The Practice Information Governance Policy has been developed as a result of the work carried out in relation to Controls Assurance Standards, Data Quality, Data Accreditation Programme, Caldicott Review, Data Protection Act 2018, General Data Protection Regulation (GDPR), Information Security and Records Management. It also includes initiatives such as the Confidentiality Code of Practice, Health and Social Care Act
(2015) and Freedom of Information Act 2000. It has also been created in line with the Information Governance Toolkit (IGT), an annual assessment tool managed by the Health and Social Care Information Centre. The IGT has now been replaced with the Data Security and Protection Toolkit which contains 40 assertions replacing the 45 requirements of the previous toolkit.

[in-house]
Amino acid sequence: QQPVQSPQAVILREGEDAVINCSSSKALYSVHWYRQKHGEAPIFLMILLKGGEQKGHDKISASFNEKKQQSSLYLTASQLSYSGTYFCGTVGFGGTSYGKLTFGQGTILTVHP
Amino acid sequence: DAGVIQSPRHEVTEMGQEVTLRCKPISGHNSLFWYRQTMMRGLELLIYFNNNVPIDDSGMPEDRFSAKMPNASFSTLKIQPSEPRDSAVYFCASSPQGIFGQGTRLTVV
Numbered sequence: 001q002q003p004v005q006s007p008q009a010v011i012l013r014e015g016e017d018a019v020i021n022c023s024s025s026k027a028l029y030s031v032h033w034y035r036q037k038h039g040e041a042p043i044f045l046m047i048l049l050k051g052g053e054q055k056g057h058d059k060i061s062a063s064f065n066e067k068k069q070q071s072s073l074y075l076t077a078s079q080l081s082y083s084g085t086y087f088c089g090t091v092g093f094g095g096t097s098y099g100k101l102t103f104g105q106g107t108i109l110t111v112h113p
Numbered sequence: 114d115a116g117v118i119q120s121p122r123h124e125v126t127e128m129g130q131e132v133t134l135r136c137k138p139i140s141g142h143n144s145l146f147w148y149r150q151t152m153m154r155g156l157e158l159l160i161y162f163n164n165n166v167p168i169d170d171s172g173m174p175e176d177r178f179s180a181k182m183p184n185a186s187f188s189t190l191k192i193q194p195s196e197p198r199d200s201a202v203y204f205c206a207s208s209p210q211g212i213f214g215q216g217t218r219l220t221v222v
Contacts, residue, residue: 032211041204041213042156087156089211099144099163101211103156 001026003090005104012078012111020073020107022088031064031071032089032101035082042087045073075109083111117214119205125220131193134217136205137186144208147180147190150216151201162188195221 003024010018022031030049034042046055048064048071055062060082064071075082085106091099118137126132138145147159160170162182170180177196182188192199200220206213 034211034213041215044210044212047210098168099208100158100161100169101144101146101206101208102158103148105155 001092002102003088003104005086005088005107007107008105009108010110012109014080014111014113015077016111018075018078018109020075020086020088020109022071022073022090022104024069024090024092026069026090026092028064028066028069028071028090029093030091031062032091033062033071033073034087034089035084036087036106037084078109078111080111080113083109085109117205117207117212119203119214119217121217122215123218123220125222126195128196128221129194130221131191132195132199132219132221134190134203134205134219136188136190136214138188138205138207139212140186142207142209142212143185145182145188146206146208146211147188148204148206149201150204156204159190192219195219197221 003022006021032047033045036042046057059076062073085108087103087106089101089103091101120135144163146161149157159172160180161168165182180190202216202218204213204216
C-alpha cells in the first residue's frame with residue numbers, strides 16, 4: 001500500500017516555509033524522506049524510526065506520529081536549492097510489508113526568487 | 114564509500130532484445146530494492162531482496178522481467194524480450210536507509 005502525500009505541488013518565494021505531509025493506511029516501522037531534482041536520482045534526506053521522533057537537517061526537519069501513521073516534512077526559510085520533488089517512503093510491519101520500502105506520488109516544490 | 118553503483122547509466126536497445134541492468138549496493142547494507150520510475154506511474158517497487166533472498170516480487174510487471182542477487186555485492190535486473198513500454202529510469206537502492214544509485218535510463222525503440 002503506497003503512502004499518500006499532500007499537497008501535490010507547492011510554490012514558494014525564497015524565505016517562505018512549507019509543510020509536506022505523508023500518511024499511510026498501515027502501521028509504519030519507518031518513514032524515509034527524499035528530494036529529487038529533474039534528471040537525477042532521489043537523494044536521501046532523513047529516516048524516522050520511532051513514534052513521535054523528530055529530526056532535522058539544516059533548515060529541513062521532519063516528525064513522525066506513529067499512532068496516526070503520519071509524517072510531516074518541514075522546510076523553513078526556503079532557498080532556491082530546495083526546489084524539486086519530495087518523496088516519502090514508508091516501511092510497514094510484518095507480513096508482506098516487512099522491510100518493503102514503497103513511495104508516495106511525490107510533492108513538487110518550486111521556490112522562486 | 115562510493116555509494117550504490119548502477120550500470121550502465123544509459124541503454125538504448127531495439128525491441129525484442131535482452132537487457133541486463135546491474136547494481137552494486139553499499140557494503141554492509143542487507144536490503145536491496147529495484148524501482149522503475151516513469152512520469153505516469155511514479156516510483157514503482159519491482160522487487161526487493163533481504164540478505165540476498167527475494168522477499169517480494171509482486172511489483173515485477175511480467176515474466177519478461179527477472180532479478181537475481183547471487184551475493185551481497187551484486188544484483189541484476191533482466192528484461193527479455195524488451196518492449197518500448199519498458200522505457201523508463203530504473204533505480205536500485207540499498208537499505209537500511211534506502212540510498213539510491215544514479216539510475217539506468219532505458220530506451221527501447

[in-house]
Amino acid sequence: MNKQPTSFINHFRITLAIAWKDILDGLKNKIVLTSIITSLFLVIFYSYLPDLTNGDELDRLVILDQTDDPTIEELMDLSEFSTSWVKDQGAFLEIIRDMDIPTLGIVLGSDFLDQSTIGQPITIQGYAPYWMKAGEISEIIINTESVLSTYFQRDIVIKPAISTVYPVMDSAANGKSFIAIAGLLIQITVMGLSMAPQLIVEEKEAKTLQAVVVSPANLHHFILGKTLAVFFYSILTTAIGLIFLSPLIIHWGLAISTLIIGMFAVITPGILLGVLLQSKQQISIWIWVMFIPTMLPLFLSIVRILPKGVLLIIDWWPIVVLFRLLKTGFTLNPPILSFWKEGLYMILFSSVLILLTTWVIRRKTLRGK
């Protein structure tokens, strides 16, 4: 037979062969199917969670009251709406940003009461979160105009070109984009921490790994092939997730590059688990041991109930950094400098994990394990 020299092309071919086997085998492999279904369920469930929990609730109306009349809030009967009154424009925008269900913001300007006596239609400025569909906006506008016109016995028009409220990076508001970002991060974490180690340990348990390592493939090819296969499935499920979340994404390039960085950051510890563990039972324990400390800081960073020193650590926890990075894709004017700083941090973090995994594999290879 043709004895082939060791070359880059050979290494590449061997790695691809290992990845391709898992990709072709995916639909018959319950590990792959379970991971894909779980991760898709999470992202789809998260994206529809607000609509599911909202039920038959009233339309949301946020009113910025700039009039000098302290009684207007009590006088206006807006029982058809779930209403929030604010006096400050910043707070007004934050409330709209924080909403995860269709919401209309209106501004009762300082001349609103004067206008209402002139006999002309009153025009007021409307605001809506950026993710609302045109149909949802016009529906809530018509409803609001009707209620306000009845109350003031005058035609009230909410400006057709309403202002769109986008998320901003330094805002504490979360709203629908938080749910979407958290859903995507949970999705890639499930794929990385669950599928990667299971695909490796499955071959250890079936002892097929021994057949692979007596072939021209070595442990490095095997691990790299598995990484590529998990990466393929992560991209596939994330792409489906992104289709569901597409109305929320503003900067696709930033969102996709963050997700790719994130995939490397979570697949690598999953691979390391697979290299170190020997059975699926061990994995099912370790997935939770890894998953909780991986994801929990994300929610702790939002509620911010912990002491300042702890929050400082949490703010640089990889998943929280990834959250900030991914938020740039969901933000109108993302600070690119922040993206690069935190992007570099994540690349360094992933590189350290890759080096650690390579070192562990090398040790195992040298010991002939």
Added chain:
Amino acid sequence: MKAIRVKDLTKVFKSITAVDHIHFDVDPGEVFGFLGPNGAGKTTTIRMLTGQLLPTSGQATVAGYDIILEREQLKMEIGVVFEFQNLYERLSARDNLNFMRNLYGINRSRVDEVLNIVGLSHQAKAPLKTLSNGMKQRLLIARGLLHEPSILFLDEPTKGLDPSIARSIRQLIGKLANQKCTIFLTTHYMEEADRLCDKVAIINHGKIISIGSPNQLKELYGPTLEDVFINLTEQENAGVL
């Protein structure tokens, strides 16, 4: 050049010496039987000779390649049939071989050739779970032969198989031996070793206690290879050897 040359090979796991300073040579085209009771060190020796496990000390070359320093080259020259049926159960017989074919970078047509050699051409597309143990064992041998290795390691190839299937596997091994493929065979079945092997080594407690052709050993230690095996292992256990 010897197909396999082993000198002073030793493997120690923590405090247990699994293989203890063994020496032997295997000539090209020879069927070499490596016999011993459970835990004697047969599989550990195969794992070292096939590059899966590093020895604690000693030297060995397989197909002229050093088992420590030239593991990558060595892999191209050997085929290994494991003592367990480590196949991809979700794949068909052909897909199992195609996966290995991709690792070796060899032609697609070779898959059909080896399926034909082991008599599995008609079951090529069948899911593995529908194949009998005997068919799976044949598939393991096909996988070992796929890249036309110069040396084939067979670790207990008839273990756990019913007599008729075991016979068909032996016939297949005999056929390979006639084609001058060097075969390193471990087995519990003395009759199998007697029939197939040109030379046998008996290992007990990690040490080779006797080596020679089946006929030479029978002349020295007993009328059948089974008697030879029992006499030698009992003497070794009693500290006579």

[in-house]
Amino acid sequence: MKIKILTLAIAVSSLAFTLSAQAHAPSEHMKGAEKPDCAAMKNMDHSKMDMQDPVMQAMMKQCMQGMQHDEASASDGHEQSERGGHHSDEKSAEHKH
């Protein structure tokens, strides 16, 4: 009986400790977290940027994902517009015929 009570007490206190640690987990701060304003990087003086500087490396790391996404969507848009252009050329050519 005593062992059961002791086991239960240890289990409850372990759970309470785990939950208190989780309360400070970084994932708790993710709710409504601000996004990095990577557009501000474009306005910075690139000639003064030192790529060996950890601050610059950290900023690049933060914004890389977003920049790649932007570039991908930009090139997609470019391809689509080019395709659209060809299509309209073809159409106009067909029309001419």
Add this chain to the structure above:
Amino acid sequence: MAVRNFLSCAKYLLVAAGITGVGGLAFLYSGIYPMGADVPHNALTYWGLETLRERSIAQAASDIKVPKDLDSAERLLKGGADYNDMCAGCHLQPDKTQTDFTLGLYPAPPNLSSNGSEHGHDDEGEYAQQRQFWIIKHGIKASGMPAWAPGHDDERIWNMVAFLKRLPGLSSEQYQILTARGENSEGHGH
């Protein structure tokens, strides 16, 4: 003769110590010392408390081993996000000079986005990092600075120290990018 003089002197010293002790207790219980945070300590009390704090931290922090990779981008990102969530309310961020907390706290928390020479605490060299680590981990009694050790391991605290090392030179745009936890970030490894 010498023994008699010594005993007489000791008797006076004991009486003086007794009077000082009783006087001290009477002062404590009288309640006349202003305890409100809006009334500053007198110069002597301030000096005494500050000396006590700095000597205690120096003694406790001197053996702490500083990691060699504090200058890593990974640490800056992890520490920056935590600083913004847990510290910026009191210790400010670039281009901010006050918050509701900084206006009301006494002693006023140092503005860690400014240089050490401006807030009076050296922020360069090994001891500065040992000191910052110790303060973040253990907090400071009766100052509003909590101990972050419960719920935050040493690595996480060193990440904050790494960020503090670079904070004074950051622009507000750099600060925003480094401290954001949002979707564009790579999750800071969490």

2. PRINCIPLES OF INFORMATION GOVERNANCE
The Practice recognises the need for an appropriate balance between openness and confidentiality in the management and use of information. The Practice also recognises the need to share information with other health organisations and other agencies in a controlled manner consistent with the interests of the patient and in some circumstances, the public interest.
Equally important is the need to ensure high standards of data protection and confidentiality to safeguard personal and commercially sensitive information.
Underpinning this is the integrity need for electronic and paper information to be accurate, relevant, and available to those who need it.
Staff must ensure at all times that high standards of data quality, data protection, integrity, confidentiality and records management are met in compliance with the relevant legislation and guidance. It is the responsibility of all staff to familiarise themselves with this policy and adhere to its principles.
3. MAIN THEMES
There are five key interlinked strands to the Information Governance Policy:
- · Openness
- · Legal Compliance
- · Information and Cyber Security
- · Information Quality Assurance
- · National Data Security Standards